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Re: four approaches to do a simple sum

  • To: mathgroup at
  • Subject: [mg57244] Re: four approaches to do a simple sum
  • From: Bill Rowe <readnewsciv at>
  • Date: Sat, 21 May 2005 02:41:19 -0400 (EDT)
  • Sender: owner-wri-mathgroup at

On 5/20/05 at 4:43 AM, fangh73 at (Hui Fang) wrote:

>Here I have a long list, length of 1 million, and I used 4 ways to
>get the sum of all elements.

>In[1] = longlist=Table[Random[], {1000000}];

>Method 1:
>In[2] = Timing[sum=0; For[i=1,i<=Length[longlist],sum+=longlist[[i]]]; sum]
>Out[2] = {6.219 Second, 500358}

>Method 2:
>In[3] = Sum[longlist[[i]],{i,1,1000000}]
>Out[3] = {1.718 Second, 500358}

>Method 3:
>In[4] = Timing[Plus@@longlist]
>Out[4] = {0.407 Second, 500358}

>Method 4:
>In[5] = Fold[Plus,0,longlist]
>Out[5] = {0.156 Second, 500358}

>The computing time gets shorter and shorter from top to bottom.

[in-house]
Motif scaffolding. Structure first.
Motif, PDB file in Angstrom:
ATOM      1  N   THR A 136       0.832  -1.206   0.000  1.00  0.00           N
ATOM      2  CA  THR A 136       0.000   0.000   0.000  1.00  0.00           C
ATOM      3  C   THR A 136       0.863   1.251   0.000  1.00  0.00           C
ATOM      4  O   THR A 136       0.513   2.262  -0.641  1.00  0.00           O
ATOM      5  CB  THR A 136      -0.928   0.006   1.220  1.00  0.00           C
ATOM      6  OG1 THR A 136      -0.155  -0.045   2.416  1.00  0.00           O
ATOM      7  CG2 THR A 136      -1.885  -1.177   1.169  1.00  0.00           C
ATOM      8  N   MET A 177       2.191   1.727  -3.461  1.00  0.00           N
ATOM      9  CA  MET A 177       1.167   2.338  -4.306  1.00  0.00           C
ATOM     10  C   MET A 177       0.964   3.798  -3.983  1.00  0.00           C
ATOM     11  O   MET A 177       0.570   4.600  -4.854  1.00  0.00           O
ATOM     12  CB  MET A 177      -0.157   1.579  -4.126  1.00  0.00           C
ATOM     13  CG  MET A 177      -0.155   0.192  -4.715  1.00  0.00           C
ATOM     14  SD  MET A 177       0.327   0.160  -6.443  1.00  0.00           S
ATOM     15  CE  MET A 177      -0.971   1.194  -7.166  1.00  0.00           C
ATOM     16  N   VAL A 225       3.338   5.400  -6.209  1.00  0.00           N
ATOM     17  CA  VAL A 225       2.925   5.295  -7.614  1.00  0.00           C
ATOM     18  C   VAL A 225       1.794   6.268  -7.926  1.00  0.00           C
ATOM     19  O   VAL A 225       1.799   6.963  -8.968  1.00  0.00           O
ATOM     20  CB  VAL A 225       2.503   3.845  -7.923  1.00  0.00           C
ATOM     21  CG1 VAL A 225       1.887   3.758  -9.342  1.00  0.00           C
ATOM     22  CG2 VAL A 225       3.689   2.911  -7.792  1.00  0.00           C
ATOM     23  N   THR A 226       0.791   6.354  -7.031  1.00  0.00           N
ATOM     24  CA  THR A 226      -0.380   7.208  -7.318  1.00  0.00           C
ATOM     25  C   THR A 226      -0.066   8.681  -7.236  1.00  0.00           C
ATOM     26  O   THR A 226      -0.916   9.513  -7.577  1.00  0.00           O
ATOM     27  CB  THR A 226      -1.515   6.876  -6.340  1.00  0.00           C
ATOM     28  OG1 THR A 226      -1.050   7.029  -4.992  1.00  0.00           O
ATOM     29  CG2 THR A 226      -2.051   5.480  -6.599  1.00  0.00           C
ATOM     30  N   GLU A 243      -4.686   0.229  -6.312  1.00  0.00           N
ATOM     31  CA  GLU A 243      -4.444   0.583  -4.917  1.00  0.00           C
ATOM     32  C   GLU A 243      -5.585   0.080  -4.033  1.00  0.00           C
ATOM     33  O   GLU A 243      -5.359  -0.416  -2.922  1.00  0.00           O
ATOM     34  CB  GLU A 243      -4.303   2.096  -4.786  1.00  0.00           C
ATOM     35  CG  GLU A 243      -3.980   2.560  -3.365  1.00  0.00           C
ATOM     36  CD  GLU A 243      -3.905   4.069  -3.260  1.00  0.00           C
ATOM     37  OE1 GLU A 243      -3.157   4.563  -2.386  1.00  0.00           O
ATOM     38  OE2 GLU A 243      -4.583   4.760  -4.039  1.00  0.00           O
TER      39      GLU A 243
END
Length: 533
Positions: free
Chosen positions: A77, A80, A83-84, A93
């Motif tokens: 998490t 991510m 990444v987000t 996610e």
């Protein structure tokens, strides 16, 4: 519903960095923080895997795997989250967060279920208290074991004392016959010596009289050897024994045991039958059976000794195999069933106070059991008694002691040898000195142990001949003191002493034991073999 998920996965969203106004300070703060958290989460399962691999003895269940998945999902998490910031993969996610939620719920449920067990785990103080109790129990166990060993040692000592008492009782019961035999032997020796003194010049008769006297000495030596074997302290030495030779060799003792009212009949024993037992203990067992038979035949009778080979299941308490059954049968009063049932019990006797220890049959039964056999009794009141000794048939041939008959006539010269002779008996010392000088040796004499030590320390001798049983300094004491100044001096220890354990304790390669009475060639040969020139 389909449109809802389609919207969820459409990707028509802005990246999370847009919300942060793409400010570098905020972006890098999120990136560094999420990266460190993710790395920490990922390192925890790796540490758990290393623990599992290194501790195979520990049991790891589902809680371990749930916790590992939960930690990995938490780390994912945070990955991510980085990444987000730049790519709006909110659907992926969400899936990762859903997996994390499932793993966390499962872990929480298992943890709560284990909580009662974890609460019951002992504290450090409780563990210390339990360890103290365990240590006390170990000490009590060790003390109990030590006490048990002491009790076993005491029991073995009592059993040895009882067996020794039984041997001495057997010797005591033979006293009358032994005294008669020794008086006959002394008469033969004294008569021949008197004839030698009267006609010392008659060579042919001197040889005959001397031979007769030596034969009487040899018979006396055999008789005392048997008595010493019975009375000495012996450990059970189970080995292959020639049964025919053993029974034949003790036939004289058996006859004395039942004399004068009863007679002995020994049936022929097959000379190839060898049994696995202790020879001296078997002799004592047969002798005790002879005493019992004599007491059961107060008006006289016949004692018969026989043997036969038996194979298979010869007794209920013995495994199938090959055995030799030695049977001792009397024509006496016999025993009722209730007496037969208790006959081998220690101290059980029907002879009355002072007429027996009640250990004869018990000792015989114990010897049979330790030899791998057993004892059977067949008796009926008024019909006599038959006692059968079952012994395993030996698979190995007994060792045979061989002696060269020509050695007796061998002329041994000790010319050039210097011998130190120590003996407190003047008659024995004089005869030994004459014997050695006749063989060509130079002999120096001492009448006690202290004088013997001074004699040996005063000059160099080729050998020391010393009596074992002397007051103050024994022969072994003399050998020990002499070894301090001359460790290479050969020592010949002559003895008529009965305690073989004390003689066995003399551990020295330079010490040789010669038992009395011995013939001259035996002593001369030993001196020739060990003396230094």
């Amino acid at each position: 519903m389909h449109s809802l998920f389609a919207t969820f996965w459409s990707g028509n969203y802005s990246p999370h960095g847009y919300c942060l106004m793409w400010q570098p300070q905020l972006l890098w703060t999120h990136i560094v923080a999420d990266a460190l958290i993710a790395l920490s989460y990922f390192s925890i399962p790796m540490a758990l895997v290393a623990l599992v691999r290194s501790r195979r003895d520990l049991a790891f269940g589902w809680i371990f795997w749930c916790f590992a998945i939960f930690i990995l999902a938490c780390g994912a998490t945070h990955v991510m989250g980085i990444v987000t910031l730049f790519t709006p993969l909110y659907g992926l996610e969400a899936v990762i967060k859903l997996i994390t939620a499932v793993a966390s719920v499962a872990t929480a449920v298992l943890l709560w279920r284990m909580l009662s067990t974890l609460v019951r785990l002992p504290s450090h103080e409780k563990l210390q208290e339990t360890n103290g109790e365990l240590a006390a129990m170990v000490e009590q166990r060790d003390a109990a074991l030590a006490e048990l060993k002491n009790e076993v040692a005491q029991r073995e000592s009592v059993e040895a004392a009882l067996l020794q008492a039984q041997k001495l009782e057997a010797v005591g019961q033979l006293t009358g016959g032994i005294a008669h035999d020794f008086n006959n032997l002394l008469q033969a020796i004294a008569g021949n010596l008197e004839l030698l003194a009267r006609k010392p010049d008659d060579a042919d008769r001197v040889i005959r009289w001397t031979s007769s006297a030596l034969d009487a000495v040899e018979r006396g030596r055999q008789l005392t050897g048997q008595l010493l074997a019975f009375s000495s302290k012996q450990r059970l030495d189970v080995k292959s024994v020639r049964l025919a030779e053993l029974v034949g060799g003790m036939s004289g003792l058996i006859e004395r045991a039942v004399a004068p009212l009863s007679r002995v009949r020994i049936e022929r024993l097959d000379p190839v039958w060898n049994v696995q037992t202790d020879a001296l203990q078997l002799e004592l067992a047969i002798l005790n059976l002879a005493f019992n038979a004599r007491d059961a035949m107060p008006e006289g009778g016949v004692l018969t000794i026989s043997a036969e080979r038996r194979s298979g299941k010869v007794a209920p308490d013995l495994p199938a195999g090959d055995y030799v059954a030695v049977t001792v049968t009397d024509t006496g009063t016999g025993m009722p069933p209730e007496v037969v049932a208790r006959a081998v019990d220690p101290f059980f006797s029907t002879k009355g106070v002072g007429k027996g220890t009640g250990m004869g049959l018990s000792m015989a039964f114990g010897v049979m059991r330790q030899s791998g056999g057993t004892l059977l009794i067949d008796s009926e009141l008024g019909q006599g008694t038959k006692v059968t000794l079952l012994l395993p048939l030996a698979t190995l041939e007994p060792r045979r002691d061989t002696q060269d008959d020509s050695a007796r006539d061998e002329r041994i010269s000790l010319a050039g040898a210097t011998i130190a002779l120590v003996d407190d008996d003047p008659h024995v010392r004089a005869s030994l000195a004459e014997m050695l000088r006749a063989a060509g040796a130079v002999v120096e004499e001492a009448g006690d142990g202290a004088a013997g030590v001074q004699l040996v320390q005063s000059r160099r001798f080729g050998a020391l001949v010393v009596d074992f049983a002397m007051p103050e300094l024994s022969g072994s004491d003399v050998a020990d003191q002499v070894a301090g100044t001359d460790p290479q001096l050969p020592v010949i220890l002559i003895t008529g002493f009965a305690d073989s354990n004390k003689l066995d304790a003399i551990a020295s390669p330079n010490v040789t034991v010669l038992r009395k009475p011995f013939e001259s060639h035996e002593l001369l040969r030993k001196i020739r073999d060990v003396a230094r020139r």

>It's easy to understand why the first two methods are slow because
>they involved an extra variable i for loop control and basically
>violates the principle for list manipulation "Never take a list
>apart". What I don't understand is why method 4 is faster than
>method 3. Any explanation?Or do you have an even faster method?

Total provides a faster method to sum a list. For example,

In[1]:= $Version
Out[1]= "5.1 for Mac OS X (January 27, 2005)"

In[2]:=longlist = Table[Random[], {1000000}]; 

In[3]:=Timing[Fold[Plus, 0, longlist]]
Out[3]={0.540862*Second, 499577.6754541984}

Out[4]={0.022061*Second, 499577.6754541984}
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